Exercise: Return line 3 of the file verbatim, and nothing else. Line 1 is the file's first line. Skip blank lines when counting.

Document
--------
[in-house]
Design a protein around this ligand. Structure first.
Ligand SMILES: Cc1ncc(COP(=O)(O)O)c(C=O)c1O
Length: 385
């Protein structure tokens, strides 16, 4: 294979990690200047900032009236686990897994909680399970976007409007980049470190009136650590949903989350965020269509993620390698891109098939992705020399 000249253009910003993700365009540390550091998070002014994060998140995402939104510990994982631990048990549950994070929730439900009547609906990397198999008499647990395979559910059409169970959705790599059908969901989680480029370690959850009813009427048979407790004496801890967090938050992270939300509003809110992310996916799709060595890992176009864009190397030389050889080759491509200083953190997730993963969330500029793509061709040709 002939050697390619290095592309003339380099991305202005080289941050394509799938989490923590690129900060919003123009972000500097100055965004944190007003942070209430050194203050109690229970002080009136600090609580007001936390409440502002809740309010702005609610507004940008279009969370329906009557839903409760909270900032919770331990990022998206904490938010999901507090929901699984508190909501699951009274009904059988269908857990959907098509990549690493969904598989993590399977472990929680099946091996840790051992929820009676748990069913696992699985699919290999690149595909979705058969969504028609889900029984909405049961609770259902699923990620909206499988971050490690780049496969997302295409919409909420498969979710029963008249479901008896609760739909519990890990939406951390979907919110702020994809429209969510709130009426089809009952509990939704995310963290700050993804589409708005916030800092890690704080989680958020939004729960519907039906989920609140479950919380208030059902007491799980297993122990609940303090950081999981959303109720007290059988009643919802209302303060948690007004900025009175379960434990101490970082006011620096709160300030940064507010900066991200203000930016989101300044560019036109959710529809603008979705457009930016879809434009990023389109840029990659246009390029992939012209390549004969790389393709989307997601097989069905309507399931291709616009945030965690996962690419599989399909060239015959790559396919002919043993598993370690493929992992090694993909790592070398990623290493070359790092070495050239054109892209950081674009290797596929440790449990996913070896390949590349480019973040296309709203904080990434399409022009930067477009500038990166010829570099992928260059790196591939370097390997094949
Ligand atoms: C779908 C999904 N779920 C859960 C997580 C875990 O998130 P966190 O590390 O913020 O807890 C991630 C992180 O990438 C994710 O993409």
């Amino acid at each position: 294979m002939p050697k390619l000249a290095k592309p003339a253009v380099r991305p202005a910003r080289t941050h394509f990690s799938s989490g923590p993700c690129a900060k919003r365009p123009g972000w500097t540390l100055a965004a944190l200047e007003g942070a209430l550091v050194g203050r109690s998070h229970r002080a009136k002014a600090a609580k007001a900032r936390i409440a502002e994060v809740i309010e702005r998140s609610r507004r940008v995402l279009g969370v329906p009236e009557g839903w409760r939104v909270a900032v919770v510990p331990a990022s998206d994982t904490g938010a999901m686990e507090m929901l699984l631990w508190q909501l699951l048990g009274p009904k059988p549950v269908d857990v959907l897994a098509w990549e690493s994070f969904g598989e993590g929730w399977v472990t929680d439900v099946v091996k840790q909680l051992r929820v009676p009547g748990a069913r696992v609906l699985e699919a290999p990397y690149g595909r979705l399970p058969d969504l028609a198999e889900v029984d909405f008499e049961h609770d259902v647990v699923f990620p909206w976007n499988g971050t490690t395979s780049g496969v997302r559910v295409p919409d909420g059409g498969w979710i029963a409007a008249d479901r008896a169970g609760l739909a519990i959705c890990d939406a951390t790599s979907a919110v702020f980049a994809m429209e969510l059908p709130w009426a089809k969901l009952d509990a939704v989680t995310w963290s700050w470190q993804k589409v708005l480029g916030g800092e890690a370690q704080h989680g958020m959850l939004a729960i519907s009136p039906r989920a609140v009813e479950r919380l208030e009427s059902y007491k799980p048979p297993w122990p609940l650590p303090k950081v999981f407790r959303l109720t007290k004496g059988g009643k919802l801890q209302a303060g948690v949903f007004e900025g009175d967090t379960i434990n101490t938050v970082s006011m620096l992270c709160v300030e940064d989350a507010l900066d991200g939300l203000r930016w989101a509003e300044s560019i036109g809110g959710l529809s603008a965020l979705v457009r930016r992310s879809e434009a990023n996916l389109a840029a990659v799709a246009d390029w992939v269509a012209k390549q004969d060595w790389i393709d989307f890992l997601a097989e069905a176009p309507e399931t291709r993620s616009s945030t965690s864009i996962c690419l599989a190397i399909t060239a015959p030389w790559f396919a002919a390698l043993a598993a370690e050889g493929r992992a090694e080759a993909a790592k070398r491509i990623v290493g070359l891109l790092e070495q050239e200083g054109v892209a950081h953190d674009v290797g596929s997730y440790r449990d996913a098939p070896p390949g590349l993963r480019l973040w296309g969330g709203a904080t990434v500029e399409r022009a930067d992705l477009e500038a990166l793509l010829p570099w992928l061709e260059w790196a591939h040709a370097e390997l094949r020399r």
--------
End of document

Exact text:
Ligand SMILES: Cc1ncc(COP(=O)(O)O)c(C=O)c1O